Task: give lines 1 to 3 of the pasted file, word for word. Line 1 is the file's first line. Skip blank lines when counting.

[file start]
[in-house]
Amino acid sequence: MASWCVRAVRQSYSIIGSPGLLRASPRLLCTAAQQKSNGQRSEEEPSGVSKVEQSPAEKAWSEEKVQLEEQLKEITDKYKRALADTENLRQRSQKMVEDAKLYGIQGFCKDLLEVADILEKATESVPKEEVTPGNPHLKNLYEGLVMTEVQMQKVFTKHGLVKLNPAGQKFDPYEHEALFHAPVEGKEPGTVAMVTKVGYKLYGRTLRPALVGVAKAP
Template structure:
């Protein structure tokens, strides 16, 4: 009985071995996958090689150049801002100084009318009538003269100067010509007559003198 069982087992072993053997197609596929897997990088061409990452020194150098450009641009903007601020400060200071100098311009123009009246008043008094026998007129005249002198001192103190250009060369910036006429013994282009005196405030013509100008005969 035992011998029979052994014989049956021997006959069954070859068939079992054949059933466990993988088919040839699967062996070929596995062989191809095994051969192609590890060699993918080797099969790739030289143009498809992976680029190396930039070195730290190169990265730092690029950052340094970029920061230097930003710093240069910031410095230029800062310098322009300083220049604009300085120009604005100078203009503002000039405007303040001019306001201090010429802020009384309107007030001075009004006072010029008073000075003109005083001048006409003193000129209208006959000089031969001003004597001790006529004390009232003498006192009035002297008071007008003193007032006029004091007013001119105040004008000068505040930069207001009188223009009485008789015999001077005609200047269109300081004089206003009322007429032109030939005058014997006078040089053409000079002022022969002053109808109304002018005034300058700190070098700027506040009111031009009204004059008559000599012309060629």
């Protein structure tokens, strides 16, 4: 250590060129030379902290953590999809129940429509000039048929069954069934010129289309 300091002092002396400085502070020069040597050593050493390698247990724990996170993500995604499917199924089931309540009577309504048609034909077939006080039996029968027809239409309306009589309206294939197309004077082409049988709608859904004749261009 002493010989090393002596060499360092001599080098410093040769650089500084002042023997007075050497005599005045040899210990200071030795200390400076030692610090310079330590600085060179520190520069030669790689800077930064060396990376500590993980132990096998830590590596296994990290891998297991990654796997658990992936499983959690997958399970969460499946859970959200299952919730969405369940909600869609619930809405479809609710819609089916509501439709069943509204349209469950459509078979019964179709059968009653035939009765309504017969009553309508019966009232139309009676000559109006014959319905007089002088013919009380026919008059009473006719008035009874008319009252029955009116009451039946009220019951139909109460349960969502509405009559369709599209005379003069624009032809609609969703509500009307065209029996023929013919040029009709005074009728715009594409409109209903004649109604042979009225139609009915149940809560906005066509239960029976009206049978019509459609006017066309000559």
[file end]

[in-house]
Amino acid sequence: MASWCVRAVRQSYSIIGSPGLLRASPRLLCTAAQQKSNGQRSEEEPSGVSKVEQSPAEKAWSEEKVQLEEQLKEITDKYKRALADTENLRQRSQKMVEDAKLYGIQGFCKDLLEVADILEKATESVPKEEVTPGNPHLKNLYEGLVMTEVQMQKVFTKHGLVKLNPAGQKFDPYEHEALFHAPVEGKEPGTVAMVTKVGYKLYGRTLRPALVGVAKAP
Template structure: